# Electric Field and Force between two plates [homework question]

## Homework Statement

*Is the a difference when calculating the electric field , or a force exerted on a charge between two plates , if the two plates were :
a) both plates are charged ( connected to a power source) ,
b) both plates are charged ( connected to a power source), but the negative plate is earthed , i.e 0 V.

*Do we consider the sign of the charge when calculating the electric field ?

E=F/Q or F=EQ
E=V/d
F=e V/d

## The Attempt at a Solution

BiGyElLoWhAt
Gold Member
That blank attempt at the solution is somewhat bothersome. What's the voltage across the gap between the plates in either case?

That blank attempt at the solution is somewhat bothersome. What's the voltage across the gap between the plates in either case?
Im just asking a general question, not a specific problem ,, take any voltage you like

BiGyElLoWhAt
Gold Member
Well I should really treat this like a homework problem. So the question becomes, in case a (nongrounded) lets say it's -3 and +3V. Is the second case 0 and +3 or 0 and +6?

Well I should really treat this like a homework problem. So the question becomes, in case a (nongrounded) lets say it's -3 and +3V. Is the second case 0 and +3 or 0 and +6?
exactly
i uploaded a pic as an example for the second case , how do find the the electric field strength , and force on the electron if it was ,lets say, at mid point between the plates ? BiGyElLoWhAt
Gold Member
Np, this is physics forum not art forum. If you look at your relevent equations, and then look at your picture, you have a voltage and a distance; you're looking for the electric field. You have the equation you need, with one (reasonable) assumption. First off, 2m is pretty large for a gap in capacitors, but it doesn't really matter, as long as we can assume that the length of the plates are long with respect to the gap, the field will be approximately uniform throughout the region between the plates. Then it's a matter of applying coloumbs law once you find the field. This will give you the force on the electron.

With our assumption, it doesn't matter if the electron was mid point, quarter way or pi/32 of the way through, the force would be (for all intensive purposes) the same.

Np, this is physics forum not art forum. If you look at your relevent equations, and then look at your picture, you have a voltage and a distance; you're looking for the electric field. You have the equation you need, with one (reasonable) assumption. First off, 2m is pretty large for a gap in capacitors, but it doesn't really matter, as long as we can assume that the length of the plates are long with respect to the gap, the field will be approximately uniform throughout the region between the plates. Then it's a matter of applying coloumbs law once you find the field. This will give you the force on the electron.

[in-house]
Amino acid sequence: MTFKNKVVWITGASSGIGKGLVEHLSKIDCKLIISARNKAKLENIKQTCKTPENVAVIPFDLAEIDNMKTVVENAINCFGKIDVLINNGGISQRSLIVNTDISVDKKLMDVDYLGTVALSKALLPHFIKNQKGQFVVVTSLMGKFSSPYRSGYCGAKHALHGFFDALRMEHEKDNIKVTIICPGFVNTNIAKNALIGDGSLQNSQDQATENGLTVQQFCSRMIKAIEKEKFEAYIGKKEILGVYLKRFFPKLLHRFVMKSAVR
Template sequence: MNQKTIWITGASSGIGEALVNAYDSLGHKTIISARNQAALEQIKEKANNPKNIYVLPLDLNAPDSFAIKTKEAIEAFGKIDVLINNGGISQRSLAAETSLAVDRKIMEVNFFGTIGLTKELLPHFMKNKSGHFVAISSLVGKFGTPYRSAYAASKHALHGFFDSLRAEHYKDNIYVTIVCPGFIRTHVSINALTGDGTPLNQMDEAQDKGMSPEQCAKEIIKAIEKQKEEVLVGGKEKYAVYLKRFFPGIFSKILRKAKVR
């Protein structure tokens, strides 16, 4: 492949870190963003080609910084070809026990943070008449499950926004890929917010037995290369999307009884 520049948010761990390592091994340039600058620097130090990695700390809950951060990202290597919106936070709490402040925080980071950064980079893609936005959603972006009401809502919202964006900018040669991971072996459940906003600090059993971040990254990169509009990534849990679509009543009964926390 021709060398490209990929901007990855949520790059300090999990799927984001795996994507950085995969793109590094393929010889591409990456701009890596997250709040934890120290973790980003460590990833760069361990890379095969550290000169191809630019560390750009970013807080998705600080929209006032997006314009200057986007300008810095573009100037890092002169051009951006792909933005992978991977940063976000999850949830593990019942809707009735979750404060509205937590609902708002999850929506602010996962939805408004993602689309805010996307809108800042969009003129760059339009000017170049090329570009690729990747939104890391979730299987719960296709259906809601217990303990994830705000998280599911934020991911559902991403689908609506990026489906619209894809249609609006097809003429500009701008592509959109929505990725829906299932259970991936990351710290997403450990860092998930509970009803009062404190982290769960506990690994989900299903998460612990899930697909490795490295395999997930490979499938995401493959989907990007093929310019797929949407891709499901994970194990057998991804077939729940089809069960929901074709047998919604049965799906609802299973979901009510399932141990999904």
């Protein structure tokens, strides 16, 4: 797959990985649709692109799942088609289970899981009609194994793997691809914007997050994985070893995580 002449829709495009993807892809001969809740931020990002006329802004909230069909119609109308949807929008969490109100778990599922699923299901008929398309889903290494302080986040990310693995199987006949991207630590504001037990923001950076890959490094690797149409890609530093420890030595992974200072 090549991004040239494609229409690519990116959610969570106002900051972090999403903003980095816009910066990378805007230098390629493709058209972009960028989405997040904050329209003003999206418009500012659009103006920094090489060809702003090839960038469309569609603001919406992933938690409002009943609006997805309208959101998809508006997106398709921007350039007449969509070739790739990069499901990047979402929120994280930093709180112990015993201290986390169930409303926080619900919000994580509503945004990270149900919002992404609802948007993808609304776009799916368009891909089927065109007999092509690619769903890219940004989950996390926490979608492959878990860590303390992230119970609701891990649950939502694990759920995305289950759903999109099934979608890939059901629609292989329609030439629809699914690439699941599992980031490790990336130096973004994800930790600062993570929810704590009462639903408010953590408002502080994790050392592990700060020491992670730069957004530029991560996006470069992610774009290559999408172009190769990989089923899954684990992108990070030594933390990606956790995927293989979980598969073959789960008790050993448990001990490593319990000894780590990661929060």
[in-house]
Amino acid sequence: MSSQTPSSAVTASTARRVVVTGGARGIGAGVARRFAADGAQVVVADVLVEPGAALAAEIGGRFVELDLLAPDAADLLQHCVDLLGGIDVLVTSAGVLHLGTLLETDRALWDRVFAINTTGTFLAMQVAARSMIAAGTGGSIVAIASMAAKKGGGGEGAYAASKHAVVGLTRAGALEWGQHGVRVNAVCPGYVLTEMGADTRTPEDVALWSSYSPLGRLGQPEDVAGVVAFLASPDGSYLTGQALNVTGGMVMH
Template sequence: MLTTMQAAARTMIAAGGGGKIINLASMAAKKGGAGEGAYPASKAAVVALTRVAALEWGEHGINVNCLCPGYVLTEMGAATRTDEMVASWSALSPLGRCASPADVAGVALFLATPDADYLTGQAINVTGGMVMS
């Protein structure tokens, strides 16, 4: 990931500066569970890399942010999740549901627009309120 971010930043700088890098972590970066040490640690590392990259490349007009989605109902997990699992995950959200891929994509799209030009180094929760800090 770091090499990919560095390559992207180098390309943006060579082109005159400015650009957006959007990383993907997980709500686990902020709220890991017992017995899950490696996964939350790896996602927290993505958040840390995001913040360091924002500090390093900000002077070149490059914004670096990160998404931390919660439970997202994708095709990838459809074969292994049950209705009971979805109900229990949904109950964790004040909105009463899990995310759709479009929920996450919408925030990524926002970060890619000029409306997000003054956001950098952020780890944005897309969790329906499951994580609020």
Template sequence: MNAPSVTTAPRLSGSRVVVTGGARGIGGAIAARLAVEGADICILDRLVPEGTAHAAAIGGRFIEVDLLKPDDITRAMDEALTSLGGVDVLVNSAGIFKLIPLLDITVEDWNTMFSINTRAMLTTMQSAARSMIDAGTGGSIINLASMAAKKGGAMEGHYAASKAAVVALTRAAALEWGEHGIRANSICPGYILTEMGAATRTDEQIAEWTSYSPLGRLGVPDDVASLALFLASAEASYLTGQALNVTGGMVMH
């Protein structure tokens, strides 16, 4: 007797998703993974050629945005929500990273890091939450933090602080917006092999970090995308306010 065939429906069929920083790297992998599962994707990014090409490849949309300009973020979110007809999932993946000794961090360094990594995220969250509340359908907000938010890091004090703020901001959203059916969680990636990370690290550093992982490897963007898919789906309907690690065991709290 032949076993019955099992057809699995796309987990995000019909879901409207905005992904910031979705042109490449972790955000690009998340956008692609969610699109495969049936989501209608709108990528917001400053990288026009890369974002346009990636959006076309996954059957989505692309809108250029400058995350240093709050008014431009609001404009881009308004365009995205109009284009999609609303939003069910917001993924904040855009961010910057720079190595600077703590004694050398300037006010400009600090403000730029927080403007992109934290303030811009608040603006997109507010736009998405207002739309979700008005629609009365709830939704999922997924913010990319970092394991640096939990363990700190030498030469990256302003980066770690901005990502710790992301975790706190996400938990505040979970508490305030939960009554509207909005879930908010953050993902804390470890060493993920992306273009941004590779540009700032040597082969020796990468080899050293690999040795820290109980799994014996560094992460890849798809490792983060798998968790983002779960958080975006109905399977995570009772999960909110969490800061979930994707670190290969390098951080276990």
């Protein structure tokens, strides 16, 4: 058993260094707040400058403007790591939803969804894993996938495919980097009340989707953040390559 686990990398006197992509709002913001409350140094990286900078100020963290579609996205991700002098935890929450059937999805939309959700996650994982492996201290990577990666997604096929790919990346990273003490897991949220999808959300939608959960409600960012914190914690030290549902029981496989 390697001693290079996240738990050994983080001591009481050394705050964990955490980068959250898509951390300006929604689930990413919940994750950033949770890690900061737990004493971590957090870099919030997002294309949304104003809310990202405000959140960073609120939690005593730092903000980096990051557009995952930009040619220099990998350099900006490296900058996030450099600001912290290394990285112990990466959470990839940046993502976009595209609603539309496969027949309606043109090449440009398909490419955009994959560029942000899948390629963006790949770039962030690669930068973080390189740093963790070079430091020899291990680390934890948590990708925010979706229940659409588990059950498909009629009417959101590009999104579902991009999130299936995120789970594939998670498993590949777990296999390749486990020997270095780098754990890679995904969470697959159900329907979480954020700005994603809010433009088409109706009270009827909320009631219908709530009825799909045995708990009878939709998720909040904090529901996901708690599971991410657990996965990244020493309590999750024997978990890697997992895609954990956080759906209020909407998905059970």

With our assumption, it doesn't matter if the electron was mid point, quarter way or pi/32 of the way through, the force would be (for all intensive purposes) the same.

oh lol i meant 2 cm ,nevermind ,,
so the position doesnt matter i see , what about if the electron was moving , for example from the negative plate to mid point ,, is it the same case ?

BiGyElLoWhAt
Gold Member
Essentially, yes. If you want to find out for sure. Assume uniform charge density on either plate, the integrate the field contribution from each dL along the length of the plate for some arbitrary point (x,y) (you only need to do this in 2d to meet your picture). If you do that for both plates, then apply superposition and sum the contributions from both plates for all points (x,y) you will see that all points are approximately the same, especially far from the edges.

Essentially, yes. If you want to find out for sure. Assume uniform charge density on either plate, the integrate the field contribution from each dL along the length of the plate for some arbitrary point (x,y) (you only need to do this in 2d to meet your picture). If you do that for both plates, then apply superposition and sum the contributions from both plates for all points (x,y) you will see that all points are approximately the same, especially far from the edges.
that explains ,thanks
when I learned about equipotentials , i got confused ..
so even if one plate was at 0V , the electric field strength stays constant at all points - (just to make sure)

BiGyElLoWhAt
Gold Member
Yea, zero potential doesn't really mean anything. It's kind of like me saying that a block sitting on a table has 0 GPE or me saying that it has GPE mg(height of the table from the floor). Very analagous.

Yea, zero potential doesn't really mean anything. It's kind of like me saying that a block sitting on a table has 0 GPE or me saying that it has GPE mg(height of the table from the floor). Very analagous.
alright ,, thanks a lot for helping :)